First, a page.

How to Design a Fabric Structure

This article gives you the information you need to put together a scheme design for a tensile canopy structure. Hopefully it will guide your thought process and point out the most essential aspects that you need to consider in order to develop an appropriate solution.

Let’s assume you’ve established that you want a permanent tensile fabric canopy to cover an entrance area or courtyard. You want the translucency and long term durability of fabric and your client is keen to create a bold visual statement to enhance the area.

How would you proceed?
When it comes to bespoke tensile canopies, you need to consider all the factors below, then prioritise and amalgamate ideas in order to achieve the best concept design for your canopy.

  • Main support
  • Canopy shape
  • Scheme concept
  • Engineering
  • Detail design

First fix bracketWhat will be used to support the canopy?
Will it be fixed to walls or to ground, or both?
Are there any services in the ground, and are there any structural elements of the building that could be fixed to?
Bear in mind it’s unlikely that suitable support can be derived from attaching directly to brick or blockwork, as the high loads imposed during severe weather can cause gradual failure of the supporting structure.

Are there pedestrian routes that need to be kept clear, or are there planting areas that can be used for the ground connections?
With some idea of what may be used for the main support points, you can give some thought to the general shape of the canopy. There are three main canopy forms – the cone, the barrel vault, and the hypar, but they all rely on the same overall principal – that is “the steelwork provides a rigid structure against which you can tension the fabric.” That is a little simplistic, or perhaps rather too brief, but all canopy structures follow this same rule and the best thing about fabric structures is that within this simple rule unlimited possibilities abound.

Barrel vault form and close upHypar form and close upConic form and close up

One of the biggest factors that may affect your options is “what happens to the rainwater?”
Hopper and outlet designThe natural path of water across the surface of the canopy can take many routes depending on the curvature of the fabric. It’s relatively easy to use the shape of the canopy to direct water to preferred areas, but it’s also worth knowing that there are ways of diverting water away from edges where necessary, and of collecting water at corners to discharge into downpipes. In fact there are many possible ways to deal with rainwater, but you still need to give it some thought at this early stage.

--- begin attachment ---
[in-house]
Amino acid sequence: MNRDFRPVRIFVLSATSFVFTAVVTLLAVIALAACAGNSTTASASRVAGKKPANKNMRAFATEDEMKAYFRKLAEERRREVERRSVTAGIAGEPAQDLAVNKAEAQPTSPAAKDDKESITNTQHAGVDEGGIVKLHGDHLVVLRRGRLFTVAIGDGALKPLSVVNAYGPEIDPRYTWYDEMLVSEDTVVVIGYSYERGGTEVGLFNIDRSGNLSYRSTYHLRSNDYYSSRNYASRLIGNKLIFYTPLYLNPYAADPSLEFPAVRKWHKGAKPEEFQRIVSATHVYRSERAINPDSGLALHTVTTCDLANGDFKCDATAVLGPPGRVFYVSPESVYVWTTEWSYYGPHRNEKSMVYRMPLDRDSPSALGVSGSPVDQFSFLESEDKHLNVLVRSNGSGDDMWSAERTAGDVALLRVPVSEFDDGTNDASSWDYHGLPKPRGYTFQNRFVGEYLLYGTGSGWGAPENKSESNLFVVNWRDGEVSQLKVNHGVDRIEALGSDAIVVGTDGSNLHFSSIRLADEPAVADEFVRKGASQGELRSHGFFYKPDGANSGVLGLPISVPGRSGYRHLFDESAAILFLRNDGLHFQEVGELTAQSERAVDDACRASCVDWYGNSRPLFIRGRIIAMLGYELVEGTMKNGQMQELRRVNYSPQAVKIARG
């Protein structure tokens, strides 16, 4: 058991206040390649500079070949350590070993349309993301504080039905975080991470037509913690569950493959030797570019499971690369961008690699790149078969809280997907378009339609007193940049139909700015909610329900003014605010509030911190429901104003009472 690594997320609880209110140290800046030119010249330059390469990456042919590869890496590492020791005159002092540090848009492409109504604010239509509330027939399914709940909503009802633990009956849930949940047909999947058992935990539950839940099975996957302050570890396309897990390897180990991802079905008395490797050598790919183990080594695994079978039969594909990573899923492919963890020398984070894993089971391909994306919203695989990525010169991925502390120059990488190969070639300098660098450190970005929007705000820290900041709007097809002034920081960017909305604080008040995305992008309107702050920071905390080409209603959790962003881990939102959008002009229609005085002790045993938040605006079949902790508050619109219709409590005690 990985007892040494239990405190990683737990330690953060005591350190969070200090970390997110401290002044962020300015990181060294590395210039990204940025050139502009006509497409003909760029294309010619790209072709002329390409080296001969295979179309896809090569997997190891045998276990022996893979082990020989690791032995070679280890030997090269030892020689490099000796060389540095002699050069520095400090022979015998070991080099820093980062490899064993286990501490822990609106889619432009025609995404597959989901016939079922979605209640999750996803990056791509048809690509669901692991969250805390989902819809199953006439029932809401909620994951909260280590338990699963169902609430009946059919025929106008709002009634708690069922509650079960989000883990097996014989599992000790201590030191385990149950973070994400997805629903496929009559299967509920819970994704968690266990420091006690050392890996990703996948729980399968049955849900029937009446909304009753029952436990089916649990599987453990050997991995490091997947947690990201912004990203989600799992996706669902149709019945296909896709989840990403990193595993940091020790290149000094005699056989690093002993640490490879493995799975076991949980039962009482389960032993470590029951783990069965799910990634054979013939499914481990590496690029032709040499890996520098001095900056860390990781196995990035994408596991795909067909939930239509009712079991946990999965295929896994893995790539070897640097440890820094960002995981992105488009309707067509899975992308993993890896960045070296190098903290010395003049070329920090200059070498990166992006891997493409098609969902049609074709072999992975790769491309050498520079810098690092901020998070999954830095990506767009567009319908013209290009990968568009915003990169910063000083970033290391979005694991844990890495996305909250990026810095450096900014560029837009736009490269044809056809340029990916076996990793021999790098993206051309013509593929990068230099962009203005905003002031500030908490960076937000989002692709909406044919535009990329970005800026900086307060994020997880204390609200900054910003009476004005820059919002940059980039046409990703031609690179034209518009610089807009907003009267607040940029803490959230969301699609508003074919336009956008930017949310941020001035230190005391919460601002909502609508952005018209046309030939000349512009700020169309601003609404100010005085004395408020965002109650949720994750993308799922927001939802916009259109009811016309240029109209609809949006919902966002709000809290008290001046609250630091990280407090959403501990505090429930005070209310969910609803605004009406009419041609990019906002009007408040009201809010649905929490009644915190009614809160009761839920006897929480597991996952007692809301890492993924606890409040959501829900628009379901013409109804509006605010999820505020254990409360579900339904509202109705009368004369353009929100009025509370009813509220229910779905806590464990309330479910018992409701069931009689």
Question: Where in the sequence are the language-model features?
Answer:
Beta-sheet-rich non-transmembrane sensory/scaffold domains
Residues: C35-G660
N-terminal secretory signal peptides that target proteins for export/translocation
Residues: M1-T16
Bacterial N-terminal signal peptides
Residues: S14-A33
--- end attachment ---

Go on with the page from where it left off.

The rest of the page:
As well as hurricane force winds, the canopy will be engineered to support a full snow load. You need to make sure there are no areas of the fabric where built up Hopper and outletareas of snow will fail to drain away. This is known as “ponding” and must be avoided in all cases. This is checked properly during the engineering process, but at this stage, the risk of ponding is something that can normally be eliminated,  

What are the maximum and minimum canopy heights? In general, fabric structures need to have double curvature across the form in order to maintain stability in high winds. This is typically achieved by having high and low points on the canopy. In fact, for a given span of a given type of canopy, the optimum height from a structural point of view can be fairly well guessed at. For example, a well designed cone structure say 10m across, may well have a height in the middle of say 3- 4m above the eaves. Effectively it’s a matter of keeping the canopy shape in proportion, and sometimes a cone or hypar canopy may stand too tall to be practical, so alternative ways to derive double curvature can be investigated.

As for a minimum height, it’s generally recommended to keep the canopy eaves at a little over most people’s reach, partly to prevent damage, and partly to prevent people from being tempted to climb on the fabric (not a problem for the fabric, just a fall risk for anyone who would try). However in certain locations, where there is little likelihood of interference, the canopy can be brought down lower.

With all the above aspects considered, you have most likely formed a clear picture of the kind of structure that is going to fulfil all your requirements. However, in order to complete the scheme design fully, you need a pretty good idea of how you plan to build and tension the canopy. The following elements are the final pieces of the jigsaw, each reliant on each other, and all critical to a successful installation on site.

  • Seam orientation
  • Steelwork connections
  • Fabrication details
  • Site installation procedure
  • Tensioning method
  • Access for maintenance

Throw these into the mixing pot and then you will really be able to create and develop canopy structures for all situations and in all types. More realistically though, you would be discussing the project with a specialist tensile structure contractor with whom you could develop the final details to you and your clients satisfaction.

Designing a “proper” fabric structure is challenging and satisfying, and whilst it is undeniably quite a tricky discipline, we’d love to know if the information in this article has been useful to you. We’d love to hear from you!

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